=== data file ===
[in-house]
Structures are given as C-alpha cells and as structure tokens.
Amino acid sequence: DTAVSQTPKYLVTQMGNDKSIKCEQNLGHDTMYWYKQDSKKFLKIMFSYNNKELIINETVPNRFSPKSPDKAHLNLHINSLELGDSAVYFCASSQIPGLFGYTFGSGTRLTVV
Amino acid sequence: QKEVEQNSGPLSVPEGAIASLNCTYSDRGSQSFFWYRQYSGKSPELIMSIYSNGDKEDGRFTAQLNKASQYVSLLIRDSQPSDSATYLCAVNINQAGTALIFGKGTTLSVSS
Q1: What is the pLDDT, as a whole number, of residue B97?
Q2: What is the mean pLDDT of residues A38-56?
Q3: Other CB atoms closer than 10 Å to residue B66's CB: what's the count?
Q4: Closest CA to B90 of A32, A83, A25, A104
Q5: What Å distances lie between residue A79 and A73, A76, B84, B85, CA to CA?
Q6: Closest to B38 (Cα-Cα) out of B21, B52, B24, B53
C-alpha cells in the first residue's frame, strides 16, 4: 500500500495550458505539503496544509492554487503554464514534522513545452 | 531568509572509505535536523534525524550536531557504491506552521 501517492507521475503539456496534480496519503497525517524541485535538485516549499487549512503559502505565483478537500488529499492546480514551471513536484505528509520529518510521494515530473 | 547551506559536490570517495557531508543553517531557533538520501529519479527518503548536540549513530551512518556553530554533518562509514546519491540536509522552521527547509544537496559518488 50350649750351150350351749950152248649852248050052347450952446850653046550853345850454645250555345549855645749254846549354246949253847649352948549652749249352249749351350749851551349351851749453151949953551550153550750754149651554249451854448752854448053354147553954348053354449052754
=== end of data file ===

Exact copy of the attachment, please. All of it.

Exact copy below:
[in-house]
Structures are given as C-alpha cells and as structure tokens.
Amino acid sequence: DTAVSQTPKYLVTQMGNDKSIKCEQNLGHDTMYWYKQDSKKFLKIMFSYNNKELIINETVPNRFSPKSPDKAHLNLHINSLELGDSAVYFCASSQIPGLFGYTFGSGTRLTVV
Amino acid sequence: QKEVEQNSGPLSVPEGAIASLNCTYSDRGSQSFFWYRQYSGKSPELIMSIYSNGDKEDGRFTAQLNKASQYVSLLIRDSQPSDSATYLCAVNINQAGTALIFGKGTTLSVSS
Q1: What is the pLDDT, as a whole number, of residue B97?
Q2: What is the mean pLDDT of residues A38-56?
Q3: Other CB atoms closer than 10 Å to residue B66's CB: what's the count?
Q4: Closest CA to B90 of A32, A83, A25, A104
Q5: What Å distances lie between residue A79 and A73, A76, B84, B85, CA to CA?
Q6: Closest to B38 (Cα-Cα) out of B21, B52, B24, B53
C-alpha cells in the first residue's frame, strides 16, 4: 500500500495550458505539503496544509492554487503554464514534522513545452 | 531568509572509505535536523534525524550536531557504491506552521 501517492507521475503539456496534480496519503497525517524541485535538485516549499487549512503559502505565483478537500488529499492546480514551471513536484505528509520529518510521494515530473 | 547551506559536490570517495557531508543553517531557533538520501529519479527518503548536540549513530551512518556553530554533518562509514546519491540536509522552521527547509544537496559518488 50350649750351150350351749950152248649852248050052347450952446850653046550853345850454645250555345549855645749254846549354246949253847649352948549652749249352249749351350749851551349351851749453151949953551550153550750754149651554249451854448752854448053354147553954348053354449052754